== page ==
Political prisoner? – Newspaper – DAWN.COM – DAWN.com

IN 2019, I wrote, under the same title, a column on whether Nawaz Sharif was a political prisoner under the then PTI-establishment hybrid regime. Events since then have shown the weak basis of his convictions. But such is the merry-go-round of politics that I must now write to see whether Imran Khan today is a political prisoner under the PDM-establishment-caretaker hybrid regime. Ironically, PTM leaders may be perpetual political prisoners under all hybrid regimes given their unwillingness to compromise on their principles and strike a deal.

The Council of Europe defines political prisoners as those jailed by rulers via unfair trials due to political enmity, eg, M.K. Gandhi and Nelson Mandela. It may seem odd to call our flawed politicians so. However, credible sources labelled lesser mortals like Brazil’s Luiz Inácio Lula da Silva and Malaysia’s Anwar Ibrahim so too. Stature and perceived dishonesty matter not under global definitions, but only whether a person is being punished due to political reasons via dubious means.

{try{this.style.height=this.contentWindow.document.body.scrollHeight+’px’;}catch{}}, 100)” width=”100%” frameborder=”0″ scrolling=”no” style=”height:400px;position:relative” src=”https://www.dawn.com/news/card/1768263″ sandbox=”allow-same-origin allow-scripts allow-popups allow-modals allow-forms”>

Many say Nawaz Sharif had disputes with the security establishment on ties with India and jihadis, which is cited as a reason behind his dubious disqualification. Many say Imran Khan, too, irked the establishment on appointments and governance, which resulted in the end of its political support for him, leading to his fall.

Some say the frictions between Sharif and the establishment related to foreign and security blunders, while those with Khan related to his mercurial actions. But even such pundits feel that Khan’s legal woes relate more to his fallout with the establishment than the weight of his alleged crimes.

Like Sharif, he, too, has been disqualified for mis-declaring his assets. With Sharif, the guilty verdict was deemed dubious as it related to receivable assets which are treated as such only under accrual accounting but not under the equally legal cash accounting system. With Khan, the verdict may be correct as he did mis-declare some gift assets. Still, many find the punishment (disqualification and incarceration) very harsh, as the mis-declaration hid no major crime; they feel that a fine would have been enough punishment.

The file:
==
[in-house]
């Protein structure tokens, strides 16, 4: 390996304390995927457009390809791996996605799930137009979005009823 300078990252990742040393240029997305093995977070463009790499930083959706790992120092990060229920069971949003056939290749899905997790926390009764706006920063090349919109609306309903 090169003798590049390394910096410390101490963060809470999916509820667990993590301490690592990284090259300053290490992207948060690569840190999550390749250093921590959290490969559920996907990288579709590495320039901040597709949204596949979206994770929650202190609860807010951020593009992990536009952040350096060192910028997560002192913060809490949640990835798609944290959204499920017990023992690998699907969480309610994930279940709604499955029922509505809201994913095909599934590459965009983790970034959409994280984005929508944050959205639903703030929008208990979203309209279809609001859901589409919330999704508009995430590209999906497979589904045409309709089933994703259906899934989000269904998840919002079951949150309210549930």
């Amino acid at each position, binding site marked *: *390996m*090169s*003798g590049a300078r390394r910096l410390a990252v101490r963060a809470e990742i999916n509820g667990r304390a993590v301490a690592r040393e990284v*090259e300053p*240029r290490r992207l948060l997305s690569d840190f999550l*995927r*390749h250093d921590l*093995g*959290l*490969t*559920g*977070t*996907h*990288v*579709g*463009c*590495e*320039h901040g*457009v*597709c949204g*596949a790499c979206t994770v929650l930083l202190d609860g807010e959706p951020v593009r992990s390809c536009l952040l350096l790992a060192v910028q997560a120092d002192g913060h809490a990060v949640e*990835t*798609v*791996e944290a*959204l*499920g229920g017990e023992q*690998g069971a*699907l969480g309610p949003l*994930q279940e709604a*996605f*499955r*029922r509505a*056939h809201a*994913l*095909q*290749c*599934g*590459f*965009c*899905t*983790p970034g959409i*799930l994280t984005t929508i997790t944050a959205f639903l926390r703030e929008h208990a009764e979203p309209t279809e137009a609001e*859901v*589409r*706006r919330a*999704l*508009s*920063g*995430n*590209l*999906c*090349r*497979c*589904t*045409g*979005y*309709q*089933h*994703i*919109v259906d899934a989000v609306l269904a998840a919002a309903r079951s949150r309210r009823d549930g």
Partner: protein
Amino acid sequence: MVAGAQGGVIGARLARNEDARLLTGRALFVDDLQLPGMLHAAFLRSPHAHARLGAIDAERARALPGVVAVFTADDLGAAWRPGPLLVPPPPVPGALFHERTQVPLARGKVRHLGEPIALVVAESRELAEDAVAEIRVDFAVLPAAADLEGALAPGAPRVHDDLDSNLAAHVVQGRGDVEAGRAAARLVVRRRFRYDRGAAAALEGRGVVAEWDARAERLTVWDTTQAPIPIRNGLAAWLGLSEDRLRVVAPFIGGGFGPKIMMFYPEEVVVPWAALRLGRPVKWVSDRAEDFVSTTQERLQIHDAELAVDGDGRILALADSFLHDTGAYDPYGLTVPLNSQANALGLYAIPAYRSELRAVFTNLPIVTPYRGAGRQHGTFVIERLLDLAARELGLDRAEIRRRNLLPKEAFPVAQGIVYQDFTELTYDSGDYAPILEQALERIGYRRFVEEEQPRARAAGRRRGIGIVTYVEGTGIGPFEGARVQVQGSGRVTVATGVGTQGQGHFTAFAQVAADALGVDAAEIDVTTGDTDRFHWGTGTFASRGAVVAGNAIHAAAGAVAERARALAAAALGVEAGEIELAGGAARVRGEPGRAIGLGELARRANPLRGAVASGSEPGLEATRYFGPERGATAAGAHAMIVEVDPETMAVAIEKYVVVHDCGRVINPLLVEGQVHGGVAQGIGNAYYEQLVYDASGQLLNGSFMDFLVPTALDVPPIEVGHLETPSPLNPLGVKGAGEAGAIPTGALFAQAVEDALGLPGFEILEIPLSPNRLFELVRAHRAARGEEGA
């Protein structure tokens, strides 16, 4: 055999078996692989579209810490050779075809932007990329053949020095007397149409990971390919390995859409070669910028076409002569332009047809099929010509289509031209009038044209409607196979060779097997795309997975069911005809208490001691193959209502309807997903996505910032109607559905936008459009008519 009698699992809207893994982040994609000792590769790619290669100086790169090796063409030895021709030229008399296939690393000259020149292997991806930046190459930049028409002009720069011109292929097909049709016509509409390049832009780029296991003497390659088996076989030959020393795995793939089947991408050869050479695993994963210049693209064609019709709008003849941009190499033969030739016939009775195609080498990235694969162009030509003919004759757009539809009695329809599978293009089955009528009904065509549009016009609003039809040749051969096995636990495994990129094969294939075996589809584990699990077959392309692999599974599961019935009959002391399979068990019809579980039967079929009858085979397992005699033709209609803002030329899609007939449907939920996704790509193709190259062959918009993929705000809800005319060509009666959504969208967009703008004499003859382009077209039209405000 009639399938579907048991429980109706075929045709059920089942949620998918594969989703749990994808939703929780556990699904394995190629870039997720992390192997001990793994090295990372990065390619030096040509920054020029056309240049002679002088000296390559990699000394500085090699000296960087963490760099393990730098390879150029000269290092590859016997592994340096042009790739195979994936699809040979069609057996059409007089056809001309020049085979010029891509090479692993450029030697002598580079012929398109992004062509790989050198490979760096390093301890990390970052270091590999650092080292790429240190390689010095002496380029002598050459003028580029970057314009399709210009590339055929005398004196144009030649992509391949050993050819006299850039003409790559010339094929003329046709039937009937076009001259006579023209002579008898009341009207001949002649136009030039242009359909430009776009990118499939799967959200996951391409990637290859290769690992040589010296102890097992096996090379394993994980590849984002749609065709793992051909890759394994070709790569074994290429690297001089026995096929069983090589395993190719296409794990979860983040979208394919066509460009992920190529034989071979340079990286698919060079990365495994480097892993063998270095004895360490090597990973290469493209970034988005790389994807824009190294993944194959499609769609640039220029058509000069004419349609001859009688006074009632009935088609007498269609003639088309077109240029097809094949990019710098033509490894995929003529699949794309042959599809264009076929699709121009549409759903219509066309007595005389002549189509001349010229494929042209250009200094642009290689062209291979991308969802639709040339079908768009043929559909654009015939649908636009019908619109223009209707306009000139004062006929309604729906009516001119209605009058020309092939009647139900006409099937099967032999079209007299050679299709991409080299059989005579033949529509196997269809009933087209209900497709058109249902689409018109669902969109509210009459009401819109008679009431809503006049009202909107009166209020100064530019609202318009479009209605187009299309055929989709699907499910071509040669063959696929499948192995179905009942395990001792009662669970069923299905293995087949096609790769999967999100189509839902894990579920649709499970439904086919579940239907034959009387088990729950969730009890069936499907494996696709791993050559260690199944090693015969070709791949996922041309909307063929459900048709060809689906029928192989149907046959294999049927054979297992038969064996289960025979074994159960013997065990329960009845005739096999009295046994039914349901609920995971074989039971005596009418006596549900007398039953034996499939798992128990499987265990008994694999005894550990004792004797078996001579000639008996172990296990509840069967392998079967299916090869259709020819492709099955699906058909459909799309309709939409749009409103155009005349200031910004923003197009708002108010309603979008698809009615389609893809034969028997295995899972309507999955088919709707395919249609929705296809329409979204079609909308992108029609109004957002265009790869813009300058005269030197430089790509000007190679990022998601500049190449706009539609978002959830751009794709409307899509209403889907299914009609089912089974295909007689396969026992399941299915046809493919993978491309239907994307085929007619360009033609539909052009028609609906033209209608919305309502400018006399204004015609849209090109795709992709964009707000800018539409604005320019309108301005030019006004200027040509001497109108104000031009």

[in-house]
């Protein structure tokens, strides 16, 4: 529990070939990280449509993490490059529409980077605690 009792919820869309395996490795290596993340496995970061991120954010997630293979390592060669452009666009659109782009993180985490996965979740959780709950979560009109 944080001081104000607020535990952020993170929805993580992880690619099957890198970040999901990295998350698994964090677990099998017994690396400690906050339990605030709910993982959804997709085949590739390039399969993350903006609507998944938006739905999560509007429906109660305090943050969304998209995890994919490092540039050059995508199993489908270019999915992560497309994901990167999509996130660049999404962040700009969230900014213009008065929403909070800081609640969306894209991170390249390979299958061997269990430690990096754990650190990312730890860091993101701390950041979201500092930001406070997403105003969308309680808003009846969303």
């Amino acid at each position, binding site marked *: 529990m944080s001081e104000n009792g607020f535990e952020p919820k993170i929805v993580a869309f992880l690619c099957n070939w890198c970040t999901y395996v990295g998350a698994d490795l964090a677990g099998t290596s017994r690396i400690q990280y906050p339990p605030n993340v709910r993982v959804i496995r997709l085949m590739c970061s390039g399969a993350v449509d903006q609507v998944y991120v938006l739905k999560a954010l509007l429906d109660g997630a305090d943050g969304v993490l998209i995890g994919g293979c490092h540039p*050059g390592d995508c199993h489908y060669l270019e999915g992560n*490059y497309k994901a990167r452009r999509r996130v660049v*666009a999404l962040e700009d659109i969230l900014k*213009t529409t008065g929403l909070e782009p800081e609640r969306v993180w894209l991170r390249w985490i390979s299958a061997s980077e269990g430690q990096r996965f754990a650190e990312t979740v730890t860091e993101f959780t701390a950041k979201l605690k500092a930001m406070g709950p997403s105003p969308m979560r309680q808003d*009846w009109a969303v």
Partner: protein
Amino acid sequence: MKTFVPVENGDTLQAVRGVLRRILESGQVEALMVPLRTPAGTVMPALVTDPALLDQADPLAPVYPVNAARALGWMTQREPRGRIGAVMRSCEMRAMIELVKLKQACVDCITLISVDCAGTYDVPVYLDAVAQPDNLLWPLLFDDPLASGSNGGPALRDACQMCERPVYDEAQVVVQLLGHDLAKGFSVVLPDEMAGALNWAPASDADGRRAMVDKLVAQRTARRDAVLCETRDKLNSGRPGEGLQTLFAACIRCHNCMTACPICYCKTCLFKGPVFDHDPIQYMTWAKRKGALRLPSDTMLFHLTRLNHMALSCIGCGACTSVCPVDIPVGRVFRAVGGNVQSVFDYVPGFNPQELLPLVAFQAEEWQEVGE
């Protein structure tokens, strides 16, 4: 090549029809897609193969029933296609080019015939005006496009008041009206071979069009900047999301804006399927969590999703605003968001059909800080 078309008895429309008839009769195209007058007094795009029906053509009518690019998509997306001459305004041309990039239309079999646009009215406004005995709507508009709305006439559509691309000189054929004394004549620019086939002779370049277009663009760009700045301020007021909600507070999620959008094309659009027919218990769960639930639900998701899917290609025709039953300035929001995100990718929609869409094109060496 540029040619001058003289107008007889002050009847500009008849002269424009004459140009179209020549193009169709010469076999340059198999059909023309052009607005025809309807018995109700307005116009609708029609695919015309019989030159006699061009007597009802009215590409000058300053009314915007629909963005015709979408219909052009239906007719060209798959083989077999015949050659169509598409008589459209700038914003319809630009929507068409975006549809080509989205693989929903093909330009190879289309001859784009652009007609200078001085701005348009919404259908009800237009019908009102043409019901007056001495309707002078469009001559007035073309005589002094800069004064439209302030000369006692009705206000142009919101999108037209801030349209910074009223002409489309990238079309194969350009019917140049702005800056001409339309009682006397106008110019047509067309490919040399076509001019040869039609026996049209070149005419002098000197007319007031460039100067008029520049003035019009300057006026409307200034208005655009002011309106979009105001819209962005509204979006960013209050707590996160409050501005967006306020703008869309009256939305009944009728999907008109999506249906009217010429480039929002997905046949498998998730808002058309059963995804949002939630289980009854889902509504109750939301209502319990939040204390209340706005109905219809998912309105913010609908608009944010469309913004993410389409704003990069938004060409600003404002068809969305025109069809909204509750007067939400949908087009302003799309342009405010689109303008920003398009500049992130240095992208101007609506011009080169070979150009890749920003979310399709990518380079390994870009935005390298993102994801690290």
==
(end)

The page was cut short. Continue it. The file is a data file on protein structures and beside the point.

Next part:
Many feel a fine would have sufficed in Imran Khan’s case.

Many also highlight process issues during the trial even though they may not change the final verdict. Oddly, online research suggests that Pakistan and Thailand are perhaps the only states that disqualify and jail politicians for an asset mis-declaration even if it hides no major crime. It is hoped that these issues will be considered at appeal stage.

Some other cases against Khan seem weak too. The cipher case charges him with leaking official secrets. Diplomatic ciphers are all categorised as secret documents but many, perhaps most, don’t necessarily carry major secrets whose deliberate leakage can harm Pakistan and benefit its enemies.

One may argue, in fact, that its reported contents show the haughty ways in which US treats us. The question arises in rational minds whether a person can be tried for leaking state secrets when actually no secret was leaked and there was no harm done. To many, it seems like a politically motivated trial. True, just as rational minds question the strength of the state’s cipher case against Khan, they question the strength of his cipher US conspiracy story too. But even so, that is a political rather than legal issue.

Accusations that the May 9 mayhem aimed to cause a mutiny seem farfetched too to many. How could admittedly condemnable street protests cause a rebellion within, even in Lahore, let alone nationally? Many say it was a law and order issue and those engaging in serious crimes like arson and assault must be tried through civilian courts for those specific crimes, while those guilty of lesser crimes like trespassing can be fined. But there seems little justification for cases in military courts. Thus, today, the leaders of both the largest political parties stand dubiously disqualified from politics for irking the establishment. Scores of PTI workers are languishing unfairly in jail.

{try{this.style.height=this.contentWindow.document.body.scrollHeight+’px’;}catch{}}, 100)” width=”100%” frameborder=”0″ scrolling=”no” style=”height:400px;position:relative” src=”https://www.dawn.com/news/card/1772495″ sandbox=”allow-same-origin allow-scripts allow-popups allow-modals allow-forms”>

While the fortunes of these larger parties fluctuate depending on whether they are the establishment’s ladla or pet child, or not at any given time, other leftist activists like Ali Wazir and Imaan Mazari remain permanent sautelas (stepchildren). The only temporary and partial respite they get is when the powers that be are distracted enough to clamp down on the increasingly frequent rebellion by a former right-wing favourite.

Thus, it appears to many that Pakistan’s justice system is being manouevred to commit injustices against political opponents rather than delivering justice to the people.

The writer is a political economist with a PhD from the University of California, Berkeley.


Twitter: @NiazMurtaza2

Published in Dawn, September 5th, 2023

Source link

Source: News

Add a Comment

Your email address will not be published. Required fields are marked *